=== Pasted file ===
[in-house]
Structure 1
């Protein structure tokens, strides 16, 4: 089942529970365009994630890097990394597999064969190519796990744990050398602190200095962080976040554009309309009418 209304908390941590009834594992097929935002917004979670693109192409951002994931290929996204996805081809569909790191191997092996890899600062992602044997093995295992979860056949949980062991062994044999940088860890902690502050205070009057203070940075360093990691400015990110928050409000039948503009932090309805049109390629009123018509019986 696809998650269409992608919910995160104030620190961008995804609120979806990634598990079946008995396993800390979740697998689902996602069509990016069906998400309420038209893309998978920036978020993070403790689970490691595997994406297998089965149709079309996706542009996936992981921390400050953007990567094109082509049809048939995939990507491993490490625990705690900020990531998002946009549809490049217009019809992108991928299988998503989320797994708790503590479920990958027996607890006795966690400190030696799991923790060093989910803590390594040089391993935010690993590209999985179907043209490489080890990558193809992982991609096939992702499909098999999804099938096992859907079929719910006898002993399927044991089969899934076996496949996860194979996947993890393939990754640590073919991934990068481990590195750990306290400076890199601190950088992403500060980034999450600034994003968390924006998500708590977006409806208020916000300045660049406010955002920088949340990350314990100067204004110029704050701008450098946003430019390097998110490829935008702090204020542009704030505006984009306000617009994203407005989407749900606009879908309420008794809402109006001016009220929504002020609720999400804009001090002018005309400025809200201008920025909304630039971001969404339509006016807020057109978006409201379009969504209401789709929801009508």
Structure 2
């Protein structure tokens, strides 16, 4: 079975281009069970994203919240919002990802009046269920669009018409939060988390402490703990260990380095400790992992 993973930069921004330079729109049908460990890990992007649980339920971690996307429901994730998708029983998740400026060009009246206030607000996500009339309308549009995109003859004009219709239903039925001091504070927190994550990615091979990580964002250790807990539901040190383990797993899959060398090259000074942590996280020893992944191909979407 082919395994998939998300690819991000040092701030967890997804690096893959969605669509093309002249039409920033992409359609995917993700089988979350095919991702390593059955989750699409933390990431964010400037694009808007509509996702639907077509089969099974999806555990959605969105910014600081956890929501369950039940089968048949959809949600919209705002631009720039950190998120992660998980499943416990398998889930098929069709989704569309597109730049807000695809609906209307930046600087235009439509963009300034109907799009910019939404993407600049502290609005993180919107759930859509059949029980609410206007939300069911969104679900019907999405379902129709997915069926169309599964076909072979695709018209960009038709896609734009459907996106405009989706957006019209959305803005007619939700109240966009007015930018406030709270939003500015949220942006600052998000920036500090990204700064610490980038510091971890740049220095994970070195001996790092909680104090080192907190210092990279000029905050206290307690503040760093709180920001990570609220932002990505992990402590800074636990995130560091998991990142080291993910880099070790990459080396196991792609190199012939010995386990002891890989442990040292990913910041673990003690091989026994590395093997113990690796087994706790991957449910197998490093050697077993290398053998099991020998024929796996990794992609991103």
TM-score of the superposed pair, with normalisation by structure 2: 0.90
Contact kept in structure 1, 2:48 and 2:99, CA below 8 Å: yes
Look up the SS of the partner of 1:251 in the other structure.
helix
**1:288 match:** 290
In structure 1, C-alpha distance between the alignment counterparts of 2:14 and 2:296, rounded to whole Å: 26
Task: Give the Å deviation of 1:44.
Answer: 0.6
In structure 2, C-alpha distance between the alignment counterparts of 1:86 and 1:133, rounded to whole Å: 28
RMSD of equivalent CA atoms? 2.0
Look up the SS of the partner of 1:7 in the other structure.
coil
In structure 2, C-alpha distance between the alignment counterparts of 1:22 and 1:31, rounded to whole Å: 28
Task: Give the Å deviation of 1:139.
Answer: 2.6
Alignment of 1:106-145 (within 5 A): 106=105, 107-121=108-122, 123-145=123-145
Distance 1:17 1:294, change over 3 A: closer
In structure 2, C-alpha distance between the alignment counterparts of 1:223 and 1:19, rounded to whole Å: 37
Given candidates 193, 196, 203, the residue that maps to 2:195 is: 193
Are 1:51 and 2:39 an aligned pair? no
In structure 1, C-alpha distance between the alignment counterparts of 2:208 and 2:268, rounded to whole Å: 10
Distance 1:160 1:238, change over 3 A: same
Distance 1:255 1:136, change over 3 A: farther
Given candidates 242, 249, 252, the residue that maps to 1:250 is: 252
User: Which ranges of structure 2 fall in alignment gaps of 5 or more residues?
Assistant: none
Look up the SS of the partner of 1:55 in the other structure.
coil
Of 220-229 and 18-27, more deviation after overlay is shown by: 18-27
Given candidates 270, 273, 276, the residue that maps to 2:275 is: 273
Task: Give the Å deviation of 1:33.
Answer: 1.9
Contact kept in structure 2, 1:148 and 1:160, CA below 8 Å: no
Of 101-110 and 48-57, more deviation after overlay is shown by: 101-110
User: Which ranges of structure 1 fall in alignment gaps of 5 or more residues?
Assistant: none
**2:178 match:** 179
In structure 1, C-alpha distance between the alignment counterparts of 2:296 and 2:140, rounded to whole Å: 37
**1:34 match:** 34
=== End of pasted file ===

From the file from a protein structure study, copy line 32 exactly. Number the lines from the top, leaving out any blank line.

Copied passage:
Look up the SS of the partner of 1:55 in the other structure.